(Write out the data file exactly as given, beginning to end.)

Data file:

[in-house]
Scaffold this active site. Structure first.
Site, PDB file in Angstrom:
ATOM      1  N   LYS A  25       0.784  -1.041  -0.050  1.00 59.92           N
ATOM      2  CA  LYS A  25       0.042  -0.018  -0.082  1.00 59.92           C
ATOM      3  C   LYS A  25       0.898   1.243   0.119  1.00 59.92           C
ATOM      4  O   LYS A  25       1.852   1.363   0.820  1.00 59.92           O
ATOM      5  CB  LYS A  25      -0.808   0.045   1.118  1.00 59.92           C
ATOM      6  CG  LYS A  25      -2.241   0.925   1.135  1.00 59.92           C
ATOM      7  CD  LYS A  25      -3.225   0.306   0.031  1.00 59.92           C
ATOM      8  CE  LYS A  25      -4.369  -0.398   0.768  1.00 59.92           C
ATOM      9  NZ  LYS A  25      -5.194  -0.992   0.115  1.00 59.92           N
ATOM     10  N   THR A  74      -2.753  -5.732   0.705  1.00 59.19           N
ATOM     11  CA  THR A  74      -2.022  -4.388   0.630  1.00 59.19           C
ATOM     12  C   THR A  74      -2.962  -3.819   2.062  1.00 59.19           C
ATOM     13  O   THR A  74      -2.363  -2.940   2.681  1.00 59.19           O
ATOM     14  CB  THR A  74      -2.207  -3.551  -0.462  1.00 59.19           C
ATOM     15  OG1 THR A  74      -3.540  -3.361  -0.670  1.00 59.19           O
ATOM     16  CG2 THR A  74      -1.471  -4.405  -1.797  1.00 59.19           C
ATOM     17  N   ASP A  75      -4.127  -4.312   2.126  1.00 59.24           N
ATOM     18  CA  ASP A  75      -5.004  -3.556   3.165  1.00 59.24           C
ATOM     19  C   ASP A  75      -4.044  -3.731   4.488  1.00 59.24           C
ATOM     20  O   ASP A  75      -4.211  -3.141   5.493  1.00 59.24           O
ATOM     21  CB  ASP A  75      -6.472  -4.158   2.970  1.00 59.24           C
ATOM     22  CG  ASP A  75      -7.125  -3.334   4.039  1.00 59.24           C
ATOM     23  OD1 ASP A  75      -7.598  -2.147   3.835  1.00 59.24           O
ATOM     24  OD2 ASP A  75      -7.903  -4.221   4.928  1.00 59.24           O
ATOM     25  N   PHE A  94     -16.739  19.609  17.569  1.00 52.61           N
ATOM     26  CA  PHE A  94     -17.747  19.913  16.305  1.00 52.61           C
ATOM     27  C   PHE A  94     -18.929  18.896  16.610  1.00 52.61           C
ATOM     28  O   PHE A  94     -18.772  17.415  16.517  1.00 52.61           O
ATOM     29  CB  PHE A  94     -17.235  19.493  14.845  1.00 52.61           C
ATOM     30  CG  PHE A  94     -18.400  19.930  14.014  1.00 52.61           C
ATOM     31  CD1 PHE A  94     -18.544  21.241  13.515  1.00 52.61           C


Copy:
[in-house]
Scaffold this active site. Structure first.
Site, PDB file in Angstrom:
ATOM      1  N   LYS A  25       0.784  -1.041  -0.050  1.00 59.92           N
ATOM      2  CA  LYS A  25       0.042  -0.018  -0.082  1.00 59.92           C
ATOM      3  C   LYS A  25       0.898   1.243   0.119  1.00 59.92           C
ATOM      4  O   LYS A  25       1.852   1.363   0.820  1.00 59.92           O
ATOM      5  CB  LYS A  25      -0.808   0.045   1.118  1.00 59.92           C
ATOM      6  CG  LYS A  25      -2.241   0.925   1.135  1.00 59.92           C
ATOM      7  CD  LYS A  25      -3.225   0.306   0.031  1.00 59.92           C
ATOM      8  CE  LYS A  25      -4.369  -0.398   0.768  1.00 59.92           C
ATOM      9  NZ  LYS A  25      -5.194  -0.992   0.115  1.00 59.92           N
ATOM     10  N   THR A  74      -2.753  -5.732   0.705  1.00 59.19           N
ATOM     11  CA  THR A  74      -2.022  -4.388   0.630  1.00 59.19           C
ATOM     12  C   THR A  74      -2.962  -3.819   2.062  1.00 59.19           C
ATOM     13  O   THR A  74      -2.363  -2.940   2.681  1.00 59.19           O
ATOM     14  CB  THR A  74      -2.207  -3.551  -0.462  1.00 59.19           C
ATOM     15  OG1 THR A  74      -3.540  -3.361  -0.670  1.00 59.19           O
ATOM     16  CG2 THR A  74      -1.471  -4.405  -1.797  1.00 59.19           C
ATOM     17  N   ASP A  75      -4.127  -4.312   2.126  1.00 59.24           N
ATOM     18  CA  ASP A  75      -5.004  -3.556   3.165  1.00 59.24           C
ATOM     19  C   ASP A  75      -4.044  -3.731   4.488  1.00 59.24           C
ATOM     20  O   ASP A  75      -4.211  -3.141   5.493  1.00 59.24           O
ATOM     21  CB  ASP A  75      -6.472  -4.158   2.970  1.00 59.24           C
ATOM     22  CG  ASP A  75      -7.125  -3.334   4.039  1.00 59.24           C
ATOM     23  OD1 ASP A  75      -7.598  -2.147   3.835  1.00 59.24           O
ATOM     24  OD2 ASP A  75      -7.903  -4.221   4.928  1.00 59.24           O
ATOM     25  N   PHE A  94     -16.739  19.609  17.569  1.00 52.61           N
ATOM     26  CA  PHE A  94     -17.747  19.913  16.305  1.00 52.61           C
ATOM     27  C   PHE A  94     -18.929  18.896  16.610  1.00 52.61           C
ATOM     28  O   PHE A  94     -18.772  17.415  16.517  1.00 52.61           O
ATOM     29  CB  PHE A  94     -17.235  19.493  14.845  1.00 52.61           C
ATOM     30  CG  PHE A  94     -18.400  19.930  14.014  1.00 52.61           C
ATOM     31  CD1 PHE A  94     -18.544  21.241  13.515  1.00 52.61           C